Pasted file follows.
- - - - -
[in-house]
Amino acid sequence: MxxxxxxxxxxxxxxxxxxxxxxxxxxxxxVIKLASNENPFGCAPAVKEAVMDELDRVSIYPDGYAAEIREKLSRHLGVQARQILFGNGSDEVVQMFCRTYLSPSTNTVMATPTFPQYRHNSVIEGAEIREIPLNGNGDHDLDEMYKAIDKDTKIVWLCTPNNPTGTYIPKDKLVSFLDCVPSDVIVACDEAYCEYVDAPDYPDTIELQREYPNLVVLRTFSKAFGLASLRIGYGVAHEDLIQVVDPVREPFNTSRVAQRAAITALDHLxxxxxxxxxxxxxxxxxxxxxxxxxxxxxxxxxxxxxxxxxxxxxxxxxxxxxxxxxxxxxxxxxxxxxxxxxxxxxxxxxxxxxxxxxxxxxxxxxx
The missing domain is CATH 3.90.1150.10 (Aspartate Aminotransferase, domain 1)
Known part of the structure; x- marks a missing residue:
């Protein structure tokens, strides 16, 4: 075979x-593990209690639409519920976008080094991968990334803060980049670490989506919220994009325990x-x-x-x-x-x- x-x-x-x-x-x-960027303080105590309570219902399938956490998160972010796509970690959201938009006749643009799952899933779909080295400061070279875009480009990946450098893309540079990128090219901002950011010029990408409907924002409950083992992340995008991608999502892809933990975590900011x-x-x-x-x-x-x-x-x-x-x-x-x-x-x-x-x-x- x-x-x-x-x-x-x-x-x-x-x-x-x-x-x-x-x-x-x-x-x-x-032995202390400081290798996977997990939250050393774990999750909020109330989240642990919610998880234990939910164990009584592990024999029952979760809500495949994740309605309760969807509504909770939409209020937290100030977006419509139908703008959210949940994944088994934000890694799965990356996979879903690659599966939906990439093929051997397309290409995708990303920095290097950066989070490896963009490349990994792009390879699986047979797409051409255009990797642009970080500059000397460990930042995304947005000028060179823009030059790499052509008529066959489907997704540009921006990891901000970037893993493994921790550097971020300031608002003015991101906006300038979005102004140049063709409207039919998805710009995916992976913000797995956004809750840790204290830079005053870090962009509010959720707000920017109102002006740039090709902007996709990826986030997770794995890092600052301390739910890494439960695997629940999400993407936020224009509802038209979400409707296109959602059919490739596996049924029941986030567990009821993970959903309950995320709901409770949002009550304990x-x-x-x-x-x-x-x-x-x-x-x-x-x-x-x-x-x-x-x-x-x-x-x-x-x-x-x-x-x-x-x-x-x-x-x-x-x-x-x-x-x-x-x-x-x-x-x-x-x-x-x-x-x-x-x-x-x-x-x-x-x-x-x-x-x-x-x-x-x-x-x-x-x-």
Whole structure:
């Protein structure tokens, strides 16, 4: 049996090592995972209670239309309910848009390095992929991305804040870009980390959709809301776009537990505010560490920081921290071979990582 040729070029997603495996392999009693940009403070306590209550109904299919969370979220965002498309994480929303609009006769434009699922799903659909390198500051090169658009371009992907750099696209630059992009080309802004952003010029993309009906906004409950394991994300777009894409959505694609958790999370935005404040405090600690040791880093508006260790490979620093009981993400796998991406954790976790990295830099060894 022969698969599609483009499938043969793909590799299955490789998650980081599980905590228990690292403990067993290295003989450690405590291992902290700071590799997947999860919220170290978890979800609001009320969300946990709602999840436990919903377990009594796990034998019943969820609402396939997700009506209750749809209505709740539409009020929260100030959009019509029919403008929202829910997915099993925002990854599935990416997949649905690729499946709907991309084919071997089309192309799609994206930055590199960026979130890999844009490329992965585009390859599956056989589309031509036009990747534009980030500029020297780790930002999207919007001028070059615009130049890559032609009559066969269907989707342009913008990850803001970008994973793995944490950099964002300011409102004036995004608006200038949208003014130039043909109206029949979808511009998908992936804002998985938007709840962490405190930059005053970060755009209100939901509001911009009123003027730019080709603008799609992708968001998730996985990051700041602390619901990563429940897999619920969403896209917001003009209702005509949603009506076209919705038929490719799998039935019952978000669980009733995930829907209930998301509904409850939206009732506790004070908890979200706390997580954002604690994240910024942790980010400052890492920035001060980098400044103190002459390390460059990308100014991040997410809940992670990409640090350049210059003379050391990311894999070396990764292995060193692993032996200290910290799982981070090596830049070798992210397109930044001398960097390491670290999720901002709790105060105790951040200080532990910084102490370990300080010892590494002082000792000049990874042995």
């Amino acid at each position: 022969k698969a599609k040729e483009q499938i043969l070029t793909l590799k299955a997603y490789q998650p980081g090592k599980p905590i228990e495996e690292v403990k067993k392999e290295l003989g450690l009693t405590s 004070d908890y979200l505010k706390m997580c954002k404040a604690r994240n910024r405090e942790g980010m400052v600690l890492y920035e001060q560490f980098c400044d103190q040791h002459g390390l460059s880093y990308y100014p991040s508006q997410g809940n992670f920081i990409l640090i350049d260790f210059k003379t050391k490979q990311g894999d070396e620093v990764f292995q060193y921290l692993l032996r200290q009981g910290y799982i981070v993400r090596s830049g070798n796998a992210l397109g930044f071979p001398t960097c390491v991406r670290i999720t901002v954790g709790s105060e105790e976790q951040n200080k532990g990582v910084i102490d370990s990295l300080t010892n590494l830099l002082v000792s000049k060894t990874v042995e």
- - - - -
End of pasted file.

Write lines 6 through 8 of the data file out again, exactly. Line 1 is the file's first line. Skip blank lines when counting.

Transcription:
Whole structure:
């Protein structure tokens, strides 16, 4: 049996090592995972209670239309309910848009390095992929991305804040870009980390959709809301776009537990505010560490920081921290071979990582 040729070029997603495996392999009693940009403070306590209550109904299919969370979220965002498309994480929303609009006769434009699922799903659909390198500051090169658009371009992907750099696209630059992009080309802004952003010029993309009906906004409950394991994300777009894409959505694609958790999370935005404040405090600690040791880093508006260790490979620093009981993400796998991406954790976790990295830099060894 022969698969599609483009499938043969793909590799299955490789998650980081599980905590228990690292403990067993290295003989450690405590291992902290700071590799997947999860919220170290978890979800609001009320969300946990709602999840436990919903377990009594796990034998019943969820609402396939997700009506209750749809209505709740539409009020929260100030959009019509029919403008929202829910997915099993925002990854599935990416997949649905690729499946709907991309084919071997089309192309799609994206930055590199960026979130890999844009490329992965585009390859599956056989589309031509036009990747534009980030500029020297780790930002999207919007001028070059615009130049890559032609009559066969269907989707342009913008990850803001970008994973793995944490950099964002300011409102004036995004608006200038949208003014130039043909109206029949979808511009998908992936804002998985938007709840962490405190930059005053970060755009209100939901509001911009009123003027730019080709603008799609992708968001998730996985990051700041602390619901990563429940897999619920969403896209917001003009209702005509949603009506076209919705038929490719799998039935019952978000669980009733995930829907209930998301509904409850939206009732506790004070908890979200706390997580954002604690994240910024942790980010400052890492920035001060980098400044103190002459390390460059990308100014991040997410809940992670990409640090350049210059003379050391990311894999070396990764292995060193692993032996200290910290799982981070090596830049070798992210397109930044001398960097390491670290999720901002709790105060105790951040200080532990910084102490370990300080010892590494002082000792000049990874042995």
């Amino acid at each position: 022969k698969a599609k040729e483009q499938i043969l070029t793909l590799k299955a997603y490789q998650p980081g090592k599980p905590i228990e495996e690292v403990k067993k392999e290295l003989g450690l009693t405590s 004070d908890y979200l505010k706390m997580c954002k404040a604690r994240n910024r405090e942790g980010m400052v600690l890492y920035e001060q560490f980098c400044d103190q040791h002459g390390l460059s880093y990308y100014p991040s508006q997410g809940n992670f920081i990409l640090i350049d260790f210059k003379t050391k490979q990311g894999d070396e620093v990764f292995q060193y921290l692993l032996r200290q009981g910290y799982i981070v993400r090596s830049g070798n796998a992210l397109g930044f071979p001398t960097c390491v991406r670290i999720t901002v954790g709790s105060e105790e976790q951040n200080k532990g990582v910084i102490d370990s990295l300080t010892n590494l830099l002082v000792s000049k060894t990874v042995e």